Video

Video Liberia's Almost Last Ebola Patient Grateful but Still Grieving

Beatrice Yardolo was to make history as Liberia’s last Ebola patient. Liberians recently started counting down 42 days, the period that has to go by without a single new infection until the World Health Organization can declare a country Ebola-free. That countdown stopped on March 20 when there was another new case of Ebola, making Yardolo’s story a reminder that Ebola is far from over. Benno Muchler reports from Monrovia.
Video

Video Cambodian Land Grabs Threaten Traditional Communities

Indigenous communities in Cambodia's Ratanakiri province say the government’s economic land concession policy is taking away their land and traditional way of life, making many fear that their identity will soon be lost. Local authorities, though, have denied this is the case. VOA's Say Mony went to investigate and filed this report, narrated by Colin Lovett.
Video

Video US, South Korea Conduct Joint Military Exercises

The Eighth U.S. Army Division and the Eighth Republic of Korea Mechanized Infantry Division put on a well orchestrated show of force for the media this week during their joint military training exercises in South Korea. VOA’s Seoul correspondent Brian Padden was there and reports the soldiers were well disciplined both in conducting a complex live fire exercise and in staying on message with the press.
Video

Video Space Program Status Disappoints 'Last Man on the Moon'

One of the films that drew big crowds last week at the annual South by Southwest festival in Austin, Texas, tells the story of the last human being to stand on the moon, U.S. astronaut Eugene Cernan. It has been 42 years since Cernan returned from the moon and he laments that no one else has gone there since. VOA’s Greg Flakus reports.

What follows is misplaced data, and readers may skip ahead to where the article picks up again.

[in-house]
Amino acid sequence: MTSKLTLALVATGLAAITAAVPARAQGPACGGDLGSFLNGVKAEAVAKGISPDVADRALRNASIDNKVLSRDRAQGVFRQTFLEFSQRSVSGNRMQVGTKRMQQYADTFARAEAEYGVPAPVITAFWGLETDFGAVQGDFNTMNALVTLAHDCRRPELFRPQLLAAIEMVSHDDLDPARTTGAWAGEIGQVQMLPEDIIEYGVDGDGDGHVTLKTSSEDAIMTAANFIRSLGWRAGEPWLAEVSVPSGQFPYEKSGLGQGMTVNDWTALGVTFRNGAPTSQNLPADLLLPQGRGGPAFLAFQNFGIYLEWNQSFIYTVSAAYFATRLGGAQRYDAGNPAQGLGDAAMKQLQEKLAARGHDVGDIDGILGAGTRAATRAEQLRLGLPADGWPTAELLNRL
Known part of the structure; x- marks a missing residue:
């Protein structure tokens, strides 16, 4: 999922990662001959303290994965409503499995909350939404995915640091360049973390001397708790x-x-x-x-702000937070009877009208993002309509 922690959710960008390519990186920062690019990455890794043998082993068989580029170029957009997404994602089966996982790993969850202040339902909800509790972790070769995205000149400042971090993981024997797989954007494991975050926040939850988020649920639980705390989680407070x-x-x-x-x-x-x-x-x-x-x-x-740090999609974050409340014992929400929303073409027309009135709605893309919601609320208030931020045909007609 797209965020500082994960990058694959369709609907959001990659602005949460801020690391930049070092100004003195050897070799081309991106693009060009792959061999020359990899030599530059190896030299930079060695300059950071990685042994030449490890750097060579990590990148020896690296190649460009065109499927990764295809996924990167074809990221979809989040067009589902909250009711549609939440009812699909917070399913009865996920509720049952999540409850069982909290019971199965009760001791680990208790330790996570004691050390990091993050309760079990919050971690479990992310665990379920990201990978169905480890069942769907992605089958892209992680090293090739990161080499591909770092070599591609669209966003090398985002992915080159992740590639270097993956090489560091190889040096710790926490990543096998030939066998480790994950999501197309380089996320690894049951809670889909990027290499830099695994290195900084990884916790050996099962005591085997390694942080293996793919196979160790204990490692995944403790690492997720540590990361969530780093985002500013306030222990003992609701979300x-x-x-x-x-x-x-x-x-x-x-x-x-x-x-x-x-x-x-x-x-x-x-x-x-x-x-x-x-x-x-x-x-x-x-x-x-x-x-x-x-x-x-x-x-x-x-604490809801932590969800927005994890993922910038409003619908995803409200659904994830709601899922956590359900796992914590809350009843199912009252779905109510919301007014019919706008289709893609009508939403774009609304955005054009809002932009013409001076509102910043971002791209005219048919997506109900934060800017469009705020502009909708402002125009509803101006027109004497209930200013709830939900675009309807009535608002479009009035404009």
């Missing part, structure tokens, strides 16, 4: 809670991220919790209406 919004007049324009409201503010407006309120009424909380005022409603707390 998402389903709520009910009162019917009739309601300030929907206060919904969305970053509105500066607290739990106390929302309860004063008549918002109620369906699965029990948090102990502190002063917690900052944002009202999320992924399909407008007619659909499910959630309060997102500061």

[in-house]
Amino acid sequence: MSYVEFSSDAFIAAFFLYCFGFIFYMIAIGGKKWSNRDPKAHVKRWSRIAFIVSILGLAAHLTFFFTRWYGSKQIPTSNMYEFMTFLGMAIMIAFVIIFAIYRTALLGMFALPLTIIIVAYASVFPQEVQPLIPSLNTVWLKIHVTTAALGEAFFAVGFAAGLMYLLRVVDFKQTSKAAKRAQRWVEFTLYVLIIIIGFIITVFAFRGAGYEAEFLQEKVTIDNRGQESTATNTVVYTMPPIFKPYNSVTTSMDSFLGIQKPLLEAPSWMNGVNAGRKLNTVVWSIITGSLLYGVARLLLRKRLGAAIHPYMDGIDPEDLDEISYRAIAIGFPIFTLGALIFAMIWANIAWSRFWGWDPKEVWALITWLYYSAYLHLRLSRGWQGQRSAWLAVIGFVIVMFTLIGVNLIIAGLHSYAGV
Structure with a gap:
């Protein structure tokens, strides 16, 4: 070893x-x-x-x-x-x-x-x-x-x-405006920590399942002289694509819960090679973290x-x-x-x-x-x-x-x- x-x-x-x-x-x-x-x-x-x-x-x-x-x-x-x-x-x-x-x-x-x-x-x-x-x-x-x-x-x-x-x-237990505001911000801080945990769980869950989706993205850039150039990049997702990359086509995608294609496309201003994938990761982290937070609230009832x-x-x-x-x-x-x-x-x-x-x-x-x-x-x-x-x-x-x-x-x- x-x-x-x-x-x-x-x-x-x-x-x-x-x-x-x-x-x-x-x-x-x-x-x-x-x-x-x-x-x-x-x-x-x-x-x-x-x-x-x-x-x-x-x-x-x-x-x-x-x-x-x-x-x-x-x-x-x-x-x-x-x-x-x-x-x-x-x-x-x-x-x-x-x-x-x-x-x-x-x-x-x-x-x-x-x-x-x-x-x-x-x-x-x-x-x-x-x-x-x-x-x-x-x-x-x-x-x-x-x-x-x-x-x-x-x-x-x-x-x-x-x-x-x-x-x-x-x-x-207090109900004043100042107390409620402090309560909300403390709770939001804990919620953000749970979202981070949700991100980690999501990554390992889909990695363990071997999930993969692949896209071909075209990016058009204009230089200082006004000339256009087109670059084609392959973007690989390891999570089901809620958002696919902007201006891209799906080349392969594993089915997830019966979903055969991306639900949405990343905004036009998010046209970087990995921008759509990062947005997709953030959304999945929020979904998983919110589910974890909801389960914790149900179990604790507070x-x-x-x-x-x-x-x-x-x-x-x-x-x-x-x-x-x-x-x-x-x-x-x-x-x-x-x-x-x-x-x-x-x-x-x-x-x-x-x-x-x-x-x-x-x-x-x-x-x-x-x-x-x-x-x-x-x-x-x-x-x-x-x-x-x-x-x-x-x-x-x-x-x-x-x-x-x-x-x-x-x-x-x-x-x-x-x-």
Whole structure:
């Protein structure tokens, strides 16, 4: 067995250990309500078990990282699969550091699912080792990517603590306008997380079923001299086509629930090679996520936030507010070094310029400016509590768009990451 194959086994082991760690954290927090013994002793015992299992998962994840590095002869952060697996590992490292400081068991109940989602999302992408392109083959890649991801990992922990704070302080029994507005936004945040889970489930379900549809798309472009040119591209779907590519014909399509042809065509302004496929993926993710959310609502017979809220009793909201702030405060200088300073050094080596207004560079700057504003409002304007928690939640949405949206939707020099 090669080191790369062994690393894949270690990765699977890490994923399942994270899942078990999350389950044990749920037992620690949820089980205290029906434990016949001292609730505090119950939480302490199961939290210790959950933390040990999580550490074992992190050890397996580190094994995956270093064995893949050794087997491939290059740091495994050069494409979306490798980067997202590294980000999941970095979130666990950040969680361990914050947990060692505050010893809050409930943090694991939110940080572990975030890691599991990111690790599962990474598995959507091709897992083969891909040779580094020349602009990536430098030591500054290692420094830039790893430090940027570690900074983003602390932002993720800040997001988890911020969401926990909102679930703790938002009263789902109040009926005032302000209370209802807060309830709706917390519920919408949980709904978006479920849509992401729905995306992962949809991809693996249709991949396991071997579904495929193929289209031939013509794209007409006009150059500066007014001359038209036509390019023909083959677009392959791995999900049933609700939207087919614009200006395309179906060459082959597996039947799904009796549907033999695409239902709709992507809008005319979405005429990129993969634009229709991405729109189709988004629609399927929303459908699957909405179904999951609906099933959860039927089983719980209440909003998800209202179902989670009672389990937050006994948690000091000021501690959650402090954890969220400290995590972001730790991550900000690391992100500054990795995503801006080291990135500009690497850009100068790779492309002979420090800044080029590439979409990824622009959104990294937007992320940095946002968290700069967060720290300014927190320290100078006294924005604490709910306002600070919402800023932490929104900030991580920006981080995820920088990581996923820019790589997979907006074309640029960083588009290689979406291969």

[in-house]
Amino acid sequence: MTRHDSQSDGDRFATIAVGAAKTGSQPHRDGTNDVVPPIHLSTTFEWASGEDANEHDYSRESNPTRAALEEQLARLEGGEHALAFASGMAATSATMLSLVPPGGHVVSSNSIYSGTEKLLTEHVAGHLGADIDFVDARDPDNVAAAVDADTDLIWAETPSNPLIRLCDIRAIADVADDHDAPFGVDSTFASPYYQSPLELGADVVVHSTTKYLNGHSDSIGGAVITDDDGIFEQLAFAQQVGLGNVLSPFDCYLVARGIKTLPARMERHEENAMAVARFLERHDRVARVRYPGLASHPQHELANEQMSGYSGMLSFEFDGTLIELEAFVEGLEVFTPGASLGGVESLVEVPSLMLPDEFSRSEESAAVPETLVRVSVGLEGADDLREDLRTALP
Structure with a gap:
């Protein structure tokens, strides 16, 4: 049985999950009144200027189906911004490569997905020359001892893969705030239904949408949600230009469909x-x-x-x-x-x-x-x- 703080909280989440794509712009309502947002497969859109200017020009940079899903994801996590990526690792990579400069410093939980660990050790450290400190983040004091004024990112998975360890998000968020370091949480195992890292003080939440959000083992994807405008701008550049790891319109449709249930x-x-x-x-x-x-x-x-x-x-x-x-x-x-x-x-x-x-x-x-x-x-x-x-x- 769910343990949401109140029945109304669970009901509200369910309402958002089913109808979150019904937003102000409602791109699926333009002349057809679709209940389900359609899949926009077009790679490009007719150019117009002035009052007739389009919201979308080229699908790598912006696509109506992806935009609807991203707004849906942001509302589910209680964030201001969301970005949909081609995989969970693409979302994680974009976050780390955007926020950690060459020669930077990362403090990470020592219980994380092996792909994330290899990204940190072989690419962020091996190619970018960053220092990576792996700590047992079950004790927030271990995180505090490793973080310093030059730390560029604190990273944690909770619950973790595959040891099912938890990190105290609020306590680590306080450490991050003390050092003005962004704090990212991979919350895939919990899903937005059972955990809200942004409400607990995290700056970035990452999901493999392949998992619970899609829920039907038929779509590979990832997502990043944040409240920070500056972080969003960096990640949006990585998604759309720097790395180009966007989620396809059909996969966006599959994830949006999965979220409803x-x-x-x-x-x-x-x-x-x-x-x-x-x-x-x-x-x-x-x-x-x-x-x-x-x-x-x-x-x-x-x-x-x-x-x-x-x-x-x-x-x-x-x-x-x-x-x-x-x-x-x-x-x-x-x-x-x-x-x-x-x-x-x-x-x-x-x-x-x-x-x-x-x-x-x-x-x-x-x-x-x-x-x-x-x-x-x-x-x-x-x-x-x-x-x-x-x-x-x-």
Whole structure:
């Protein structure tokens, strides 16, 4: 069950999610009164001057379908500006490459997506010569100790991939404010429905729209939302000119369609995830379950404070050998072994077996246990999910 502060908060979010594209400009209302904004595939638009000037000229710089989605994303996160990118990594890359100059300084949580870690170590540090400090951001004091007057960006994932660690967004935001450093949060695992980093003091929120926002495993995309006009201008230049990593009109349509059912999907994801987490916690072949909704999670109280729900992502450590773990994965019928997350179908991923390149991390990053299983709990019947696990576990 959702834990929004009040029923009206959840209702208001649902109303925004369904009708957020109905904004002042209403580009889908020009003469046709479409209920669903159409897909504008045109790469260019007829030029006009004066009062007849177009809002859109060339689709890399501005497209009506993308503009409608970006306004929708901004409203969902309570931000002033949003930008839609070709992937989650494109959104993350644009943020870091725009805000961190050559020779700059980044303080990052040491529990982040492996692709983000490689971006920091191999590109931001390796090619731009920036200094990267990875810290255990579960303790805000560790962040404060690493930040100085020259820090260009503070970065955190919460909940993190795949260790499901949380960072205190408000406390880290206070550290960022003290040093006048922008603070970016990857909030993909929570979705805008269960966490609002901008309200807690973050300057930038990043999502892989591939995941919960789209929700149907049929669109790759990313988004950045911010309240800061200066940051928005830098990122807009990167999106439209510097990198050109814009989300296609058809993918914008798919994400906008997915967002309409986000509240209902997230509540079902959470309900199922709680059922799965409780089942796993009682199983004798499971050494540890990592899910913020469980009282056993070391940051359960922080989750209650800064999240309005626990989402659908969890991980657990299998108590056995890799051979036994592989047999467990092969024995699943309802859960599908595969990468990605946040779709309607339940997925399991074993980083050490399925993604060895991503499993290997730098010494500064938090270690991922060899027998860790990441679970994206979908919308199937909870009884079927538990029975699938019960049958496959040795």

Video

Video Young Filmmakers Shine Spotlight on Giving Back

A group of student filmmakers from across the United States joined President Barack Obama at the White House this month for the second annual White House Student Film Festival. Fifteen short films were officially selected from more than 1,500 entries by students aged 6 through 18. The filmmakers and their families then joined the president and a group of celebrities for a screening of their films. VOA’s Julie Taboh reports.
Video

Video VOA Exclusive: Interview with Afghan President Ashraf Ghani

Afghan President Ashraf Ghani, during his first visit as president to Washington, gave a one-on-one interview with VOA Afghan Service reporter Said Suleiman Ashna, about his request for a change in U.S. troop levels, the threat from the Islamic State, and repairing relations with the United States and Pakistan. The interview was held at Blair House, late Sunday, in Pashto.
Video

Video California Science Center Tells Story of Dead Sea Scrolls

The ancient manuscripts were uncovered in the mid-20th century, and they are still yielding clues about life and religious beliefs in ancient Israel. As VOA's Mike O'Sullivan reports, an exhibit in Los Angeles shows how modern science is bringing the history of these ancient documents to life.
Video

Video Angelina Jolie Takes Another Bold Step

Hollywood actress and filmmaker Angelina Jolie has revealed she had her ovaries and fallopian tubes removed to lower her odds of getting cancer. Doctors say the huge publicity over her decision will help raise awareness about the importance of cancer screening. VOA’s George Putic has more

All About America

Circumventing Censorship

An Internet Primer for Healthy Web Habits

As surveillance and censoring technologies advance, so, too, do new tools for your computer or mobile device that help protect your privacy and break through Internet censorship.
More